Six Anti-Abortion Protestors Convicted for Behavior in Mississippi in July
The Jackson, Mississippi Municipal Court found six anti-abortion protestors guilty yesterday for charges brought against them during Operation Save America's week-long siege of the last remaining abortion clinic in the state this summer. In total, 13 protestors faced charges of violating Jackson's special event ordinance, disorderly conduct, impeding traffic, and disturbing the peace, according to the Clarion-Ledger. Those found guilty will be fined $100, though there is a 30-day stay on paying the fines to allow for the filing of appeals; Reverend Philip "Flip" Benham, the leader of Operation Save America (OSA) and the principal organizer of the July protest, told the Clarion-Ledger that the group plans on appealing the guilty verdicts.
The weeklong protest at the Jackson Women's Health Organization, which lasted from July 15 to July 22, 2006, was an attempt to close the last remaining abortion clinic in the state of Mississippi. Despite disruptive activity, including anti-Muslim and anti-gay protests, OSA did not impede the clinic from functioning normally. The Feminist Majority Foundation assisted the clinic, providing resources, support, and community organizers to aid the clinic during OSA's protest.
"We need to remind people how (the anti-abortion protestors) were acting... aggressive, disrespectful, and rude," Michelle Colon, president of the Jackson chapter of the National Organization for Women, told the Clarion-Ledger. "They do what they always do, this is nothing new... These people claim to be Christians, but here they are attacking people."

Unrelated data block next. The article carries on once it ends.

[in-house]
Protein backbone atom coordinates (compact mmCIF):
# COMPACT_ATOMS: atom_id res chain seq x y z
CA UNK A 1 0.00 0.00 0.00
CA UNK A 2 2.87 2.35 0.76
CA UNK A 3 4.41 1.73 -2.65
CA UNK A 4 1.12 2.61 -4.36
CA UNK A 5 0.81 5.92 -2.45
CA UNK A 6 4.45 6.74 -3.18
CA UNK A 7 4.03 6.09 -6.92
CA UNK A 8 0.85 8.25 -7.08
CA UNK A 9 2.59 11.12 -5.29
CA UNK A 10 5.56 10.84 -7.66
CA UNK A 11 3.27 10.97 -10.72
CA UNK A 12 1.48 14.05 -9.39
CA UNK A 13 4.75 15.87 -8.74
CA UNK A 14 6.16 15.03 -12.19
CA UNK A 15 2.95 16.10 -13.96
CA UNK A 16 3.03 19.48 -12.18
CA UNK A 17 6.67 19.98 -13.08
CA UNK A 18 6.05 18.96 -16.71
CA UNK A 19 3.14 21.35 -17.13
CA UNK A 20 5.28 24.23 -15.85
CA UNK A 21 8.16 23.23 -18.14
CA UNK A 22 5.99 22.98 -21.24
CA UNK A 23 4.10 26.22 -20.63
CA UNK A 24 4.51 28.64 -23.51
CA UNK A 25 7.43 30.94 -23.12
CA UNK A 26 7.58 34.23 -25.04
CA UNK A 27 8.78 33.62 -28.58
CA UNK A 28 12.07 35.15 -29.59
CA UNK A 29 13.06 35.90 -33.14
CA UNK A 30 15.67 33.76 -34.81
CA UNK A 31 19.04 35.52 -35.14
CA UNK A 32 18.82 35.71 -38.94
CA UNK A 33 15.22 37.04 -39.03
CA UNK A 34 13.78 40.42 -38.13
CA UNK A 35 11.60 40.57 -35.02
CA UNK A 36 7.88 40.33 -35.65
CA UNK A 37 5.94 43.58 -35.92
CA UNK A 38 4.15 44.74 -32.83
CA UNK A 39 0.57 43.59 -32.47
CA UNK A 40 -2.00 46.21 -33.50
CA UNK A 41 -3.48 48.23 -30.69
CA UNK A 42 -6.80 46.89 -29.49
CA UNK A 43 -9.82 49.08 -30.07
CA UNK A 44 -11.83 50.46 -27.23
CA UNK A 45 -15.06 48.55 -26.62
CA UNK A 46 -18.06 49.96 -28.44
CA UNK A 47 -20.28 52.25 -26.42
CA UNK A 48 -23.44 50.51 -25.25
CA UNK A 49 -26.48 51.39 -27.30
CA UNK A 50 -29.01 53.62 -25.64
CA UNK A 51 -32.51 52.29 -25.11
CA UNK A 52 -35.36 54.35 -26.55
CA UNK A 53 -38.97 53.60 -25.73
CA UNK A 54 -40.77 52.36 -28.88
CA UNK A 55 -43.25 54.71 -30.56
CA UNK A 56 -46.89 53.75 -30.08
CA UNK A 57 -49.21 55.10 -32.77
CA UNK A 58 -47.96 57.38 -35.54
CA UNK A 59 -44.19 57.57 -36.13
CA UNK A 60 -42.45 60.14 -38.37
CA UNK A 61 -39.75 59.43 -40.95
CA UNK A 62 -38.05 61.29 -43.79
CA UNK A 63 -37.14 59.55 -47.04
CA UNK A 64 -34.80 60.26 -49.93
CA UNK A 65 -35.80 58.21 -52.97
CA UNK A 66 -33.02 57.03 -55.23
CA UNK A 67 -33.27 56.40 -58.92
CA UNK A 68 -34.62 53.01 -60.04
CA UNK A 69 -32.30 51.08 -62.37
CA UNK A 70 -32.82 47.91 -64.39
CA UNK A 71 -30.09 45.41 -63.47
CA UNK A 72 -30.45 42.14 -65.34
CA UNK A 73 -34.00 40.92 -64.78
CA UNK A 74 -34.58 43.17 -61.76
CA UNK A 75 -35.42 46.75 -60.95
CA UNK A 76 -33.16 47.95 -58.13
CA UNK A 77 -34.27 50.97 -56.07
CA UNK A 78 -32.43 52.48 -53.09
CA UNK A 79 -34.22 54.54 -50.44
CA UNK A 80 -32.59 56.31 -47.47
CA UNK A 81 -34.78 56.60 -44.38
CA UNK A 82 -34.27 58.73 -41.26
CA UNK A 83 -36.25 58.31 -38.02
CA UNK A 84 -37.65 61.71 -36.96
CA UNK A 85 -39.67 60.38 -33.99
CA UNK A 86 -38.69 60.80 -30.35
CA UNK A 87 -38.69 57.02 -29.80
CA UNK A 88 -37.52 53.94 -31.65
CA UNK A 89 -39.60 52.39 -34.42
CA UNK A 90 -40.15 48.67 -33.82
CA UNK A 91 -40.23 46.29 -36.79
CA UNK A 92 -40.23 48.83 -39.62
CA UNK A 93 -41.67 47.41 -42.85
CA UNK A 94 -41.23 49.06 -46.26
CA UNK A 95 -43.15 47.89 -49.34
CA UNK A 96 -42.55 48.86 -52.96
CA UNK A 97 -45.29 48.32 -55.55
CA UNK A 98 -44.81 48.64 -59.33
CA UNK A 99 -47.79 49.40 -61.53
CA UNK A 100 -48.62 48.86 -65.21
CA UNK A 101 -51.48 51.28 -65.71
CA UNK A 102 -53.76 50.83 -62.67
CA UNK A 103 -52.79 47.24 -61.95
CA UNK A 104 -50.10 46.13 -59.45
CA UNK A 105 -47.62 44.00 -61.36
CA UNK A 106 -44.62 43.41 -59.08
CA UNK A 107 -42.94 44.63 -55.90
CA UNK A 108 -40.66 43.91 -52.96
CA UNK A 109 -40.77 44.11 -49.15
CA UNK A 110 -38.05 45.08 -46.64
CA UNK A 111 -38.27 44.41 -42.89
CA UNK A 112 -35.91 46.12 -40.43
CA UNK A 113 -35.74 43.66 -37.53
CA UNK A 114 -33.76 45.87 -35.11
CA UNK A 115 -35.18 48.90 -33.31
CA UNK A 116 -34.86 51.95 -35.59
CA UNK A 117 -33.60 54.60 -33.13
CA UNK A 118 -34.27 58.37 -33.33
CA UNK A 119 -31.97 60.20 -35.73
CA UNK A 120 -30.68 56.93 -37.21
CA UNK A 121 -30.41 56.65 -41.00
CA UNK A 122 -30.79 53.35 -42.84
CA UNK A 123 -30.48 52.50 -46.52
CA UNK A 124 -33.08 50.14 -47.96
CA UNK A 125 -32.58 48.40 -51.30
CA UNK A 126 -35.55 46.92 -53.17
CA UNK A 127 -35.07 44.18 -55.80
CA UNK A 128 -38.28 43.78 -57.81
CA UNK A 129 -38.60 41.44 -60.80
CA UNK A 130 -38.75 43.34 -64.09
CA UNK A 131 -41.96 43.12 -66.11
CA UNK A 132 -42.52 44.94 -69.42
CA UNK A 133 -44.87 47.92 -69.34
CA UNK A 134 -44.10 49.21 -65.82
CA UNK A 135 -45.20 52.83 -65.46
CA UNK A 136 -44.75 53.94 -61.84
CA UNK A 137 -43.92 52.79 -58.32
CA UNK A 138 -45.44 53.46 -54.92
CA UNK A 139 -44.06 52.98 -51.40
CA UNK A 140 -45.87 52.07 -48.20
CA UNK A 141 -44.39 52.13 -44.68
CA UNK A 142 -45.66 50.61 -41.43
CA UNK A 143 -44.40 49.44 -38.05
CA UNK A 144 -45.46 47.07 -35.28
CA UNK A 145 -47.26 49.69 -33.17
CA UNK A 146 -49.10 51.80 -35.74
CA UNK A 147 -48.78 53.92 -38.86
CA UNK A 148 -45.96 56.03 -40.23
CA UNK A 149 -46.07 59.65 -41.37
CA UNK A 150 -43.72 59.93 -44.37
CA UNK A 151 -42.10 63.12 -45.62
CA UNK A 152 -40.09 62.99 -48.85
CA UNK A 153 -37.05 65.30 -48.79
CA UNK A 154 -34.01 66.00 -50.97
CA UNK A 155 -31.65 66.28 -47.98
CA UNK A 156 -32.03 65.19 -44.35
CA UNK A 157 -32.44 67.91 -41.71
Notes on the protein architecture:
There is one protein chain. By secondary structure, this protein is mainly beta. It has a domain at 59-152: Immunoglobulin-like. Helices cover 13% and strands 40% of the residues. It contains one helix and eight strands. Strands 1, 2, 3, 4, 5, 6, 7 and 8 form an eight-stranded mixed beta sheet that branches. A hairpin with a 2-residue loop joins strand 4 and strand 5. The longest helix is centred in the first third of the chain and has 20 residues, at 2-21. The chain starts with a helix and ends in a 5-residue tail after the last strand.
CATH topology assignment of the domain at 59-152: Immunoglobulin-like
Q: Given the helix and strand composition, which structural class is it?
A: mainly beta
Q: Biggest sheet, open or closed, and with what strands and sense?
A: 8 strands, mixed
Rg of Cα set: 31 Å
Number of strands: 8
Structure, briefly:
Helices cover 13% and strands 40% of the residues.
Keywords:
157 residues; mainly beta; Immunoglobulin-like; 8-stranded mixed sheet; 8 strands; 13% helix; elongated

8/28/2015 Alaska Court Protects Abortion Access for Low-Income Women - The Alaska Superior Court struck down a state law yesterday that would have severely limited abortion access for low-income women in Alaska.
The state's Superior Court also struck down a Department of Health and Social Services regulation that placed narrow specifications on Medicaid coverage for abortions, requiring that Medicaid-funded abortions be determined by a physician to be "medically necessary." Last year, the Center for Reproductive Rights, the American Civil Liberties Union, and Planned Parenthood sued on behalf of the Planned Parenthood of the Great Northwest, claiming that the narrow definition of "medically necessary" arbitrarily established conditions designed to restrict the ability of low-income women to access abortion services.
The law was temporarily blocked last July by an Alaskan state court judge.
Superior Court Judge John Suddock ordered yesterday that the state be blocked from implementing this regulation, ruling that it placed an undue burden on low-income women seeking abortion services in Alaska.
"By providing health care to all poor Alaskans except women who need abortions, the challenged regulation violates the state constitutional guarantee of 'equal rights, opportunities, and protection under the law'," the ruling read.
"We applaud the superior court for striing down these cruel restrictions on women's health and rights that violate the Alaska Constitution," said Chris Charbonneau, CEO of Planned Parenthood of the Great Northwest and the Hawaiian Islands. . . .
8/26/2015 Saudi Women Prepare to Vote for the First Time - The fight for gender equality is making slow but notable progress in Saudi Arabia, where women will be allowed to vote for the first time in upcoming December elections.
This shift in Saudi law came in 2011, when a royal decree announced that women would be allowed to vote and run in local elections beginning in December of 2015. . . .